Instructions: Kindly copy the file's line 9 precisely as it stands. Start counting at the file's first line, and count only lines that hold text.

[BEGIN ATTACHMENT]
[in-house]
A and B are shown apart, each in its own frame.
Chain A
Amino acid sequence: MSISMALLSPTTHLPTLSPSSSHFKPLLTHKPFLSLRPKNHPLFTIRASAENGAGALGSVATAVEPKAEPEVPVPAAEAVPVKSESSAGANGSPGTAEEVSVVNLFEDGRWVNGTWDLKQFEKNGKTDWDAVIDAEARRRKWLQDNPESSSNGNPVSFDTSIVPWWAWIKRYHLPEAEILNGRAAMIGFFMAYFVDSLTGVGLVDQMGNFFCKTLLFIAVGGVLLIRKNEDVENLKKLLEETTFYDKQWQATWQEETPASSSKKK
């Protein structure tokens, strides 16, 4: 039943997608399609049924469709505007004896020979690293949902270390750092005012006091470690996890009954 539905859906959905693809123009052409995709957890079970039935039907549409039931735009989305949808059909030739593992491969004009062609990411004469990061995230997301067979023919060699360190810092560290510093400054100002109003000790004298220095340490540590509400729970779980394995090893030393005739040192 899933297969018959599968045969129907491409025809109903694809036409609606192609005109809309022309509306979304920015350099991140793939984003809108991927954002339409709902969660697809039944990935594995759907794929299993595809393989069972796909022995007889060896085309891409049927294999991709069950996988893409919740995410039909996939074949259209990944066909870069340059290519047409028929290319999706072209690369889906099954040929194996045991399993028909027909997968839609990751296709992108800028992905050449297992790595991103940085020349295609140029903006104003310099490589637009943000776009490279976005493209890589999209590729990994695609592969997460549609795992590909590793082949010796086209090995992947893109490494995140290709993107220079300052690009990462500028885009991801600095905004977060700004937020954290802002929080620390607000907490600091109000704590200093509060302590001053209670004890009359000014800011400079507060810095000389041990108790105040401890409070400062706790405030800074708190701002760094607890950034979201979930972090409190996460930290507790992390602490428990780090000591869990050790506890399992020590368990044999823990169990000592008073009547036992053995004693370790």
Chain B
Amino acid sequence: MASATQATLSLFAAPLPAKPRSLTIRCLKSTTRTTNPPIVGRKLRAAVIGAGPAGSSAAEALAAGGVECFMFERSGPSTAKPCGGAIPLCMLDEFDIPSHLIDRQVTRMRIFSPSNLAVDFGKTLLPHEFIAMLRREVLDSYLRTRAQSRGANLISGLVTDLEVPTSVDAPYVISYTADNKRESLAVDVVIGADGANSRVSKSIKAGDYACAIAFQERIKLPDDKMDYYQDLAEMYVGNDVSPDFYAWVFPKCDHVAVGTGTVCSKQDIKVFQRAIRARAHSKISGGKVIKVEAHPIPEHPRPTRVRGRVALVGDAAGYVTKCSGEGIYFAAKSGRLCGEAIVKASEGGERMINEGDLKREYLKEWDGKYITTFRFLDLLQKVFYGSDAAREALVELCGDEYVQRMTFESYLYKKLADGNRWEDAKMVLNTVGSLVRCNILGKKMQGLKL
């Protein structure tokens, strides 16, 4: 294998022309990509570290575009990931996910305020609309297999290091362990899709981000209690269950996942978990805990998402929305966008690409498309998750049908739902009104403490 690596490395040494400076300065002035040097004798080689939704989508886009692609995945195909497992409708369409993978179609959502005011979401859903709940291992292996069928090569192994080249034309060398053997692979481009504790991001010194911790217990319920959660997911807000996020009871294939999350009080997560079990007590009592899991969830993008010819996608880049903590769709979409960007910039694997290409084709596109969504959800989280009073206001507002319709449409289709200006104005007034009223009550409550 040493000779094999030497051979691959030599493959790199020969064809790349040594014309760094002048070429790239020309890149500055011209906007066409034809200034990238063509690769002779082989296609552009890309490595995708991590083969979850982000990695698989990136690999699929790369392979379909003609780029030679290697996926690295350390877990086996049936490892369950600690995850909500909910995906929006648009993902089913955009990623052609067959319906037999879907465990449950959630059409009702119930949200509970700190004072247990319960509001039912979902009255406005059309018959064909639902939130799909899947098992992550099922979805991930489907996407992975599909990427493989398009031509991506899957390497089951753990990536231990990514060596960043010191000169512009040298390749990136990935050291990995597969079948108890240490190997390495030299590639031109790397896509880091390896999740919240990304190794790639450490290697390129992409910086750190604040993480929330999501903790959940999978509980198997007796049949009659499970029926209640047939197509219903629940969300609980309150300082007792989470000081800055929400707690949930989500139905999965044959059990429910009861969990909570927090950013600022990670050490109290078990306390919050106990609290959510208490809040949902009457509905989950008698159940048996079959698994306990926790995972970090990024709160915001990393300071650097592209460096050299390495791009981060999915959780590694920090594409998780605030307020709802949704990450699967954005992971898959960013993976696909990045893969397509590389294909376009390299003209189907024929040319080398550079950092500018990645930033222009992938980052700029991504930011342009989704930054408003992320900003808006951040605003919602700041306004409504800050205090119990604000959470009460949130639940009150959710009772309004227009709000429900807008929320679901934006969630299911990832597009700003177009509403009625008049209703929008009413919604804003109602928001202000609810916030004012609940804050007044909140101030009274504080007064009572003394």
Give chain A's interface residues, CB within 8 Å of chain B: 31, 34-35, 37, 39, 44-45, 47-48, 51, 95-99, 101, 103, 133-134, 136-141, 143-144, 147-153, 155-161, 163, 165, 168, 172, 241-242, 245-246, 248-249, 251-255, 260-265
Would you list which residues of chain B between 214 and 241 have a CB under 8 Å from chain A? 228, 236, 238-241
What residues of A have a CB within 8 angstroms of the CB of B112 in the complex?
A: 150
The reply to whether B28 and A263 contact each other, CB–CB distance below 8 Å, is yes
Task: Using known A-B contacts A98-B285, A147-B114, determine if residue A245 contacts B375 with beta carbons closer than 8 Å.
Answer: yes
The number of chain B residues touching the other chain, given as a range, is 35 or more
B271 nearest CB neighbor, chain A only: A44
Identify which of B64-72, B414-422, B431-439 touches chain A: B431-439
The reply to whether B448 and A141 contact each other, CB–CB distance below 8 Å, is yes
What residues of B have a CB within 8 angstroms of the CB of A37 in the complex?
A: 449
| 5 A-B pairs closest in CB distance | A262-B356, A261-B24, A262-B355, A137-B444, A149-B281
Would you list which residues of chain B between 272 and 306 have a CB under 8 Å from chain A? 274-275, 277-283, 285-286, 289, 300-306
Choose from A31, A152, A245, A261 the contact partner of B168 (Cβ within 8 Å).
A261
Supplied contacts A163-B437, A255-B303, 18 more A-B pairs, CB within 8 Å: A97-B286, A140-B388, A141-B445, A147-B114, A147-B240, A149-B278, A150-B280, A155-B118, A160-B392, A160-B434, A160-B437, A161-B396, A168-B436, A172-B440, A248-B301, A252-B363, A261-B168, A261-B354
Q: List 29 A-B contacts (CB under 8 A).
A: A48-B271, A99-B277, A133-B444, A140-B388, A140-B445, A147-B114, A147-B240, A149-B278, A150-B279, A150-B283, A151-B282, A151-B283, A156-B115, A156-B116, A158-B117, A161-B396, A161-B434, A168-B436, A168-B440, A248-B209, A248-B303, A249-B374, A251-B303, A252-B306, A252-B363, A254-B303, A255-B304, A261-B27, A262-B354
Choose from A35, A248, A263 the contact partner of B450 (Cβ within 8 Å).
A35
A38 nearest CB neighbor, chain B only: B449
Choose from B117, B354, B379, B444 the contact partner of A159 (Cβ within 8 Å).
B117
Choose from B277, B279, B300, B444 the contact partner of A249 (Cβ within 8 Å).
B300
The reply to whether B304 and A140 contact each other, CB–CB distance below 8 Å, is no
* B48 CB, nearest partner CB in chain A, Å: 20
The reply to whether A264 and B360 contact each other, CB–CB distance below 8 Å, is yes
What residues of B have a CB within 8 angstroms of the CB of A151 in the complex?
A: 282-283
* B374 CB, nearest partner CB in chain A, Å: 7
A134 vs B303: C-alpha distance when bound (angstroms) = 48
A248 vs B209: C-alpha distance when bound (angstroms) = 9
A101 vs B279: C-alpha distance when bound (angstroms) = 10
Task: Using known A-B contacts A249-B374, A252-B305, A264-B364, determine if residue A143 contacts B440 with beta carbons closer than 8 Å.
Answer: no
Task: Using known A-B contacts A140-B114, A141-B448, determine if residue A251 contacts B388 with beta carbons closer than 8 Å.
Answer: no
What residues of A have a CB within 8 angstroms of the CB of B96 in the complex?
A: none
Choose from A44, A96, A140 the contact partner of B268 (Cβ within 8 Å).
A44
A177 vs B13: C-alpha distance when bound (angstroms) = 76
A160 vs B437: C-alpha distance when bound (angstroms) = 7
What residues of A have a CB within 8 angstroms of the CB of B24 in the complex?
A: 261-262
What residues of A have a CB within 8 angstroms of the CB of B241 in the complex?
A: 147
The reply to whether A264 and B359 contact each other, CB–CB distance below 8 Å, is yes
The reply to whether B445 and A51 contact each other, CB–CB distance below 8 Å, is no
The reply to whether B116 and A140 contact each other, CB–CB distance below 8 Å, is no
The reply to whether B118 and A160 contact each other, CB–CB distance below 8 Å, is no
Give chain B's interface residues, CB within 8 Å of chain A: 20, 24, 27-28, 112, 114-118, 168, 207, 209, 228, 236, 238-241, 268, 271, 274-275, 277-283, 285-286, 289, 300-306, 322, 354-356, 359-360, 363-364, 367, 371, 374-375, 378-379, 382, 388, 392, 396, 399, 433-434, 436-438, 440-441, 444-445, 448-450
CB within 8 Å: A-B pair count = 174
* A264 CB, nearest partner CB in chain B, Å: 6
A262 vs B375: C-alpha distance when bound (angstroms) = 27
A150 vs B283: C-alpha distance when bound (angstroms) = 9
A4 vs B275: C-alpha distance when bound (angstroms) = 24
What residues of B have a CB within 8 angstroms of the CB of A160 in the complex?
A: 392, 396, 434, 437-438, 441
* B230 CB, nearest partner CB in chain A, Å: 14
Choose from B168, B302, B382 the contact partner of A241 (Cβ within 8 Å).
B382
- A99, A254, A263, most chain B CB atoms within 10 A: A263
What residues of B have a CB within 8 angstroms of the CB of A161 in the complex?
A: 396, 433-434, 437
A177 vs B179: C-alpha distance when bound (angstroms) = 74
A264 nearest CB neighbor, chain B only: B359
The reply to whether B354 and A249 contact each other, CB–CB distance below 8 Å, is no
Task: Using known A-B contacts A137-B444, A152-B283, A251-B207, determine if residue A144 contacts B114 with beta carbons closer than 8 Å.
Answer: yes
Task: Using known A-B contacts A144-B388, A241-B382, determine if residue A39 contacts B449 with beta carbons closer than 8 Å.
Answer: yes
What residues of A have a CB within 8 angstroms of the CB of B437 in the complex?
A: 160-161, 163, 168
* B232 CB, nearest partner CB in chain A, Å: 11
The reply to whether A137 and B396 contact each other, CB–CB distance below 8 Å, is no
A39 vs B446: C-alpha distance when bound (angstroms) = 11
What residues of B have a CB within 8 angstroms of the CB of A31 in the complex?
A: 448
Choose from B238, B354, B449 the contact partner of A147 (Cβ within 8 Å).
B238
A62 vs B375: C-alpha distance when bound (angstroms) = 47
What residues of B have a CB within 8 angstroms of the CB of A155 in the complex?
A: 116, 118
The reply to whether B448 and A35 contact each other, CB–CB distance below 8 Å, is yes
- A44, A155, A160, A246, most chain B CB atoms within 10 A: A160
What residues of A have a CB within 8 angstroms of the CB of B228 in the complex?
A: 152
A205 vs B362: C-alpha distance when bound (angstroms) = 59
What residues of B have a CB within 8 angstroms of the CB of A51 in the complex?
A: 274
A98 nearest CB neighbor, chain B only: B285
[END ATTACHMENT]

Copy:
Give chain A's interface residues, CB within 8 Å of chain B: 31, 34-35, 37, 39, 44-45, 47-48, 51, 95-99, 101, 103, 133-134, 136-141, 143-144, 147-153, 155-161, 163, 165, 168, 172, 241-242, 245-246, 248-249, 251-255, 260-265